Skin N' Fluff Farm

American Paint Silkies & Showgirls

Kiddie Pool Brooders

Well I knew the day would come that we would outgrow Rubbermaid totes as brooder boxes. Last year at the end of summer Walmart put their plastic kiddie pools on clearance for $1. I have always liked these pools for our dogs to play in but they just don’t last forever. Well i ended up buying all the pools that they had. 14 of them in all. I set one up for our dogs to play in and the others just went into storage. Well we finally have gotten to the point where the small totes we were using as brooders was just not enough. What could we do? The plastic pools would work but the low sides were a massive disadvantage seeing they were only half as tall as the totes we were using. I am not someone who likes hacking up brand new stuff for a project but seeing a buck a piece is all I paid for the pools it was worth doing. Basically I sat 2 pools together top to top, drilled holes and used zip ties to attach the 2 pools together. Once I was finished attaching them together I cut the bottom out of the top pool. Next was to throw in some bedding, a feeder, a waterer, and the brooder light. To hold the brooder light I like using a camera tripod. These can be found at yard sales and thrift stores for next to nothing.

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Incubator Failure

Well we have a major incubator failure today. Last night I thought I had smelled something  odd but blew it off seeing I had just ate some very spicy food that hadn’t settled with me very well. Today when I was checking the incubators so I would know where the eggs were that needed to go on lockdown tomorrow. I noticed a single egg was pipped (it was an unmarked eggs that had been under a broody that quit sitting). I reached and pulled it from the turner when I noticed the extreme heat from it. A boiled egg is not that hot right out of the water. I move around and pick up the thermometer that has a max temperature of 120. It was maxed out above that with no signs of going down even though it had been exposed to the cold a/c in the house. Then the pop. The thermometer exploded spraying the mercury all over the lid and my shirt. I didn’t really like that shirt anyway.  Well here are the pictures of the damage. 42 eggs were baked.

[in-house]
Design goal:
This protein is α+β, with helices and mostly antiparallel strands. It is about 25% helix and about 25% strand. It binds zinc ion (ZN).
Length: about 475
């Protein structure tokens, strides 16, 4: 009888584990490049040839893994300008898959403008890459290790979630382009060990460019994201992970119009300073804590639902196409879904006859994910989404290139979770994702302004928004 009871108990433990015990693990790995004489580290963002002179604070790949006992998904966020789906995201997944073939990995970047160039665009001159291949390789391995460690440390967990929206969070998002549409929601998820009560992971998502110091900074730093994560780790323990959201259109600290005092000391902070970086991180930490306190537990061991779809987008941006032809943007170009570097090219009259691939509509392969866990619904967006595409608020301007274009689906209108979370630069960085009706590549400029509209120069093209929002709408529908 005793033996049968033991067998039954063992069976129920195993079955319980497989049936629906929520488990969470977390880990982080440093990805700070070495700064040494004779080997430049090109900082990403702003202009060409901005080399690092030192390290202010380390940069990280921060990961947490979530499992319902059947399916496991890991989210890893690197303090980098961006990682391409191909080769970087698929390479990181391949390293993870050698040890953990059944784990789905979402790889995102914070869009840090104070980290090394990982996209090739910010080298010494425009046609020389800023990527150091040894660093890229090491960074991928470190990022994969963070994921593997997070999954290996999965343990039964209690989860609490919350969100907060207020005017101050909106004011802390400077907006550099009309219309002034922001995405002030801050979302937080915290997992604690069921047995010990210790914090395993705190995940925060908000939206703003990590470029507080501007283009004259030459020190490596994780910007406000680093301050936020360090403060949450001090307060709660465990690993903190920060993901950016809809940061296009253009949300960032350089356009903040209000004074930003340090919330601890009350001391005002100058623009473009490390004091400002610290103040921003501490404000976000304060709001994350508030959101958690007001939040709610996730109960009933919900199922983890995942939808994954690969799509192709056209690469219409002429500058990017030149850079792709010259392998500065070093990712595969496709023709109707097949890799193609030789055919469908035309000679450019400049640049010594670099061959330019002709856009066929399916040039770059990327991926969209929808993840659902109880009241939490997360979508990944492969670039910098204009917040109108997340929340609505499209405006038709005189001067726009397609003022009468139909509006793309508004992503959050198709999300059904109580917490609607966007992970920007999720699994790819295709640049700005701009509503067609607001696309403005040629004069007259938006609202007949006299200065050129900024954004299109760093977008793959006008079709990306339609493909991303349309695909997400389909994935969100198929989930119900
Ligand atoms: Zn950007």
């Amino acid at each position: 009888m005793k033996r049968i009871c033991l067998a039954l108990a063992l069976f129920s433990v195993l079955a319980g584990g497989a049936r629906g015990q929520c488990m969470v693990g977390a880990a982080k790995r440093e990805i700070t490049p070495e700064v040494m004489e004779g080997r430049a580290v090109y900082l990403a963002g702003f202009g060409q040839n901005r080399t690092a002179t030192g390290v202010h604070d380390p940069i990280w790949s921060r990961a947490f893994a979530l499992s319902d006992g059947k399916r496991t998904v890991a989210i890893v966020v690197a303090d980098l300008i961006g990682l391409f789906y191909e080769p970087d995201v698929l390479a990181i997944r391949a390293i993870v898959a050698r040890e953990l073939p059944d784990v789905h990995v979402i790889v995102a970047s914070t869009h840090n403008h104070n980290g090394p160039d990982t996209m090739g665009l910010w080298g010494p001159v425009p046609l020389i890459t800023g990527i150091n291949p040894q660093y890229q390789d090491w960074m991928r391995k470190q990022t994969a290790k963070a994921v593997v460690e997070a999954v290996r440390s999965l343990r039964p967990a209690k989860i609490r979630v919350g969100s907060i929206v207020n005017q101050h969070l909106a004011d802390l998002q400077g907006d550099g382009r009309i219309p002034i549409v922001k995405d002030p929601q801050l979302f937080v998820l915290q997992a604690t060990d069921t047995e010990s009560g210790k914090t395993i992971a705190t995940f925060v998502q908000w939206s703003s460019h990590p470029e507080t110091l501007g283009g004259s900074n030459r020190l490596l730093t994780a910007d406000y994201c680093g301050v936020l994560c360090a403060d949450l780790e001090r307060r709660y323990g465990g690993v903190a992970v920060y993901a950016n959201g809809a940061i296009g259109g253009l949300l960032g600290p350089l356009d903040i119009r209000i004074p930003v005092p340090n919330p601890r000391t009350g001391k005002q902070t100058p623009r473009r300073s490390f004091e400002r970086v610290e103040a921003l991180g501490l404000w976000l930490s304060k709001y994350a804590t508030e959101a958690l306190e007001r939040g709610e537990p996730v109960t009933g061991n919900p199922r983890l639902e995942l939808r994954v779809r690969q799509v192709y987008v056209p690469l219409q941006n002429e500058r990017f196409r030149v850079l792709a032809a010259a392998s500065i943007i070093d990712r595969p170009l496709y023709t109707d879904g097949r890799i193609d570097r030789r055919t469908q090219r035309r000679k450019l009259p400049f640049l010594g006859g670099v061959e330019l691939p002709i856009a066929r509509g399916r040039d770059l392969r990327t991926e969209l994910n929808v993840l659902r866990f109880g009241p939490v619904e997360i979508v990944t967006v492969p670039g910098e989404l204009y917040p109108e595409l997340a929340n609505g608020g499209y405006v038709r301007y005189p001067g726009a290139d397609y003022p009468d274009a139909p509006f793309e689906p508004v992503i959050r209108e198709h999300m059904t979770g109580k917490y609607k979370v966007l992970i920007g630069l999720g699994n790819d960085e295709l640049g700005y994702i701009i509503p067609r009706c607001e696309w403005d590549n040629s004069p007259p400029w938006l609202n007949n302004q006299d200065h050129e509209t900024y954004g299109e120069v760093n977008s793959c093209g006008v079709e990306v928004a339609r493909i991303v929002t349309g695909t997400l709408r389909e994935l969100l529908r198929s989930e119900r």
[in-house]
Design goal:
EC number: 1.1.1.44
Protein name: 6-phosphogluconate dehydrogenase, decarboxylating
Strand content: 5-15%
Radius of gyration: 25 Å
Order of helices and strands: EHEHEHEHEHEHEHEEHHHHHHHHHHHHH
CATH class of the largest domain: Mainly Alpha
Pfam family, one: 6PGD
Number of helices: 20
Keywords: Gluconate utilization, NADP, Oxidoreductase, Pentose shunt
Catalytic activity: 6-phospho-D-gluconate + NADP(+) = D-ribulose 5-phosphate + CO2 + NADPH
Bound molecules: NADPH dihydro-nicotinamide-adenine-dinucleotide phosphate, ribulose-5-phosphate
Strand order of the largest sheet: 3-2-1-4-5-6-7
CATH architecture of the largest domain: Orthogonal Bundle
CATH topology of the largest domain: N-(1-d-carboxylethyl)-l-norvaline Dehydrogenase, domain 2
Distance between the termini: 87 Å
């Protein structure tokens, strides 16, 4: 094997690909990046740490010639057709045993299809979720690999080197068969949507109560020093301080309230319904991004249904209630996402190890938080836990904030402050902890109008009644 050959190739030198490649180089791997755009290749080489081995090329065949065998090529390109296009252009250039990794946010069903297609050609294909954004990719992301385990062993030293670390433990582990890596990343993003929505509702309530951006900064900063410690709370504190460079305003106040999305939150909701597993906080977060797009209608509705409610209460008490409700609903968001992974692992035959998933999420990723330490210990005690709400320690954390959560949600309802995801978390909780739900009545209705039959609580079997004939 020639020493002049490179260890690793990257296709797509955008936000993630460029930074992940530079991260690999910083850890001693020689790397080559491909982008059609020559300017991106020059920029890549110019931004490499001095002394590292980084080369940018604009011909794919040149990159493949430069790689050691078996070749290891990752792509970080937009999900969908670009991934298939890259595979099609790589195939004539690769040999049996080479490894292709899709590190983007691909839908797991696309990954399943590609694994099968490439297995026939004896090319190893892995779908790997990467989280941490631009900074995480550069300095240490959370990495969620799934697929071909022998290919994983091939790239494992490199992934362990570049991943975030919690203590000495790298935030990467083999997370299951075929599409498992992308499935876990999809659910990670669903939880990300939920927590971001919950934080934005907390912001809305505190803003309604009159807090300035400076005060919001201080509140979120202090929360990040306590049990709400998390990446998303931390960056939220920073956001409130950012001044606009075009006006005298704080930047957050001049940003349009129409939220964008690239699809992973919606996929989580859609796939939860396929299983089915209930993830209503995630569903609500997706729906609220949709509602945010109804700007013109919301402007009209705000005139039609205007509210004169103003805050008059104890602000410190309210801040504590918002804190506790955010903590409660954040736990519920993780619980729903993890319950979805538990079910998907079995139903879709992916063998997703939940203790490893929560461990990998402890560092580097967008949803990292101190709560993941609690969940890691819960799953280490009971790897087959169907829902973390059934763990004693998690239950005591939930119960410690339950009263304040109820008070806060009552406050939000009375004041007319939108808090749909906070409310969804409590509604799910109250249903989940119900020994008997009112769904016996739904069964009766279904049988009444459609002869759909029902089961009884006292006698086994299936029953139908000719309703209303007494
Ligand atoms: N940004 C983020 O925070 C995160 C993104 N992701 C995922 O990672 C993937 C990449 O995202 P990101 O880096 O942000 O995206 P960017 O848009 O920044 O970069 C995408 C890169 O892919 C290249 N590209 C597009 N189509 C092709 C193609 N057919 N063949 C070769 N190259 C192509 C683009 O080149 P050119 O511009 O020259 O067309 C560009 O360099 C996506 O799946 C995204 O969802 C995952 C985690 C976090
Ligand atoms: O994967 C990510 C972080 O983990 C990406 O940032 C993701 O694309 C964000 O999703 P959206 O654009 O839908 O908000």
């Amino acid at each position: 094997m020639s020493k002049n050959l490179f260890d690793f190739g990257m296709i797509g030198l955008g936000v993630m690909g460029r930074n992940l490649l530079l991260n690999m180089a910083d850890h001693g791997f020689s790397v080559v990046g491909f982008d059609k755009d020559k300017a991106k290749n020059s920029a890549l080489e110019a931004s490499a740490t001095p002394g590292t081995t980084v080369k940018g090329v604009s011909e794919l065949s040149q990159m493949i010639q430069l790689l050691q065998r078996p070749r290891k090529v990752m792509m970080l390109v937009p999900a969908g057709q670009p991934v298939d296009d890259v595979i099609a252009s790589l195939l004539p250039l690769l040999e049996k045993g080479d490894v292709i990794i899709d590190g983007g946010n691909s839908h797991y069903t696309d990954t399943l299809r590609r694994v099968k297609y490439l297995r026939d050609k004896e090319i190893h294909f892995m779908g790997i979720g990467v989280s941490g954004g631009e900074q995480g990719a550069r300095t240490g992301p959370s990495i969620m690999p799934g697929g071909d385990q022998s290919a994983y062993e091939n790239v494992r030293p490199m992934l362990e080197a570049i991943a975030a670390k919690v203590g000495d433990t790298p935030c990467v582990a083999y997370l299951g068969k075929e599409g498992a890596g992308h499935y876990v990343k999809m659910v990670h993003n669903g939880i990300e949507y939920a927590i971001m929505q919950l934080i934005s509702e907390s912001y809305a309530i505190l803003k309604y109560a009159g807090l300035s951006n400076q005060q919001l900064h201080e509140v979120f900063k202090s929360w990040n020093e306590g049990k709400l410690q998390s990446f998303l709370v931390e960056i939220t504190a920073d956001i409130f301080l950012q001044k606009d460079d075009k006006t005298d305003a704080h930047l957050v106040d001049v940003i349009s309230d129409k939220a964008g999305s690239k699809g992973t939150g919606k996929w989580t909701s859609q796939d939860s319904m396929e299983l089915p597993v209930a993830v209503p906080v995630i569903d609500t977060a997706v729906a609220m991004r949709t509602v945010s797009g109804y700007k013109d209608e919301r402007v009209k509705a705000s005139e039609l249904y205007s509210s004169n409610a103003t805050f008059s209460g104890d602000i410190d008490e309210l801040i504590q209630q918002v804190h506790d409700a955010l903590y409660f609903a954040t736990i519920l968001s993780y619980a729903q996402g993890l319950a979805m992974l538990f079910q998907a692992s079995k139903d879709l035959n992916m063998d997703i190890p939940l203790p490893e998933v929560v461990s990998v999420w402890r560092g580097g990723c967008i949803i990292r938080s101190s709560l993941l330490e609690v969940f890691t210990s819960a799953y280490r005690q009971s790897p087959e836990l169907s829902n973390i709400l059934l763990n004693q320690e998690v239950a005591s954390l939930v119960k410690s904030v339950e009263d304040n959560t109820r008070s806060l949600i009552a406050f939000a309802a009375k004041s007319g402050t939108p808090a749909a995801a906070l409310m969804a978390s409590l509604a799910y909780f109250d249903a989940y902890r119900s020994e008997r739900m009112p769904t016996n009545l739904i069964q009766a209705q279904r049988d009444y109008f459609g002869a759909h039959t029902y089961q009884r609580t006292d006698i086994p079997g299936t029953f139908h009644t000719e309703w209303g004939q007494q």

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Quick and Easy Spur Removal

Trimming spurs on your rooster can go completely wrong if you accidentally cut the  quick inside the spur. I have found it much safer and easier to just remove the spurs completely. Normally you will only get a single drop of blood at most when removing the spurs. The spurs will grow back overtime. After I remove the spurs I will place the rooster in a wire bottom isolation cage for 24-48 hours so the quick inside the spur can dry a little before he goes back out with the ladies. This help prevent any chance of infection. This simple job can also be done by yourself without the need for assistance. Here are the instructions.

1. Hold rooster in a comfortable position that allows you to hold him with  one hand and still gives you full access to his spurs.

2. Take a standard pair of pliers and grasp the first spur.

3. Slightly rotate the spur using the pliers until you feel the pop.

4. Pull spur off of the quick.

5. Use towel as needed to dry the blood from the quick.

6. Repeat for second spur.

Spurs can be saved and used for craft projects or thrown away. That is up to you. Here is a short video showing the process from start to finish doing both spurs.

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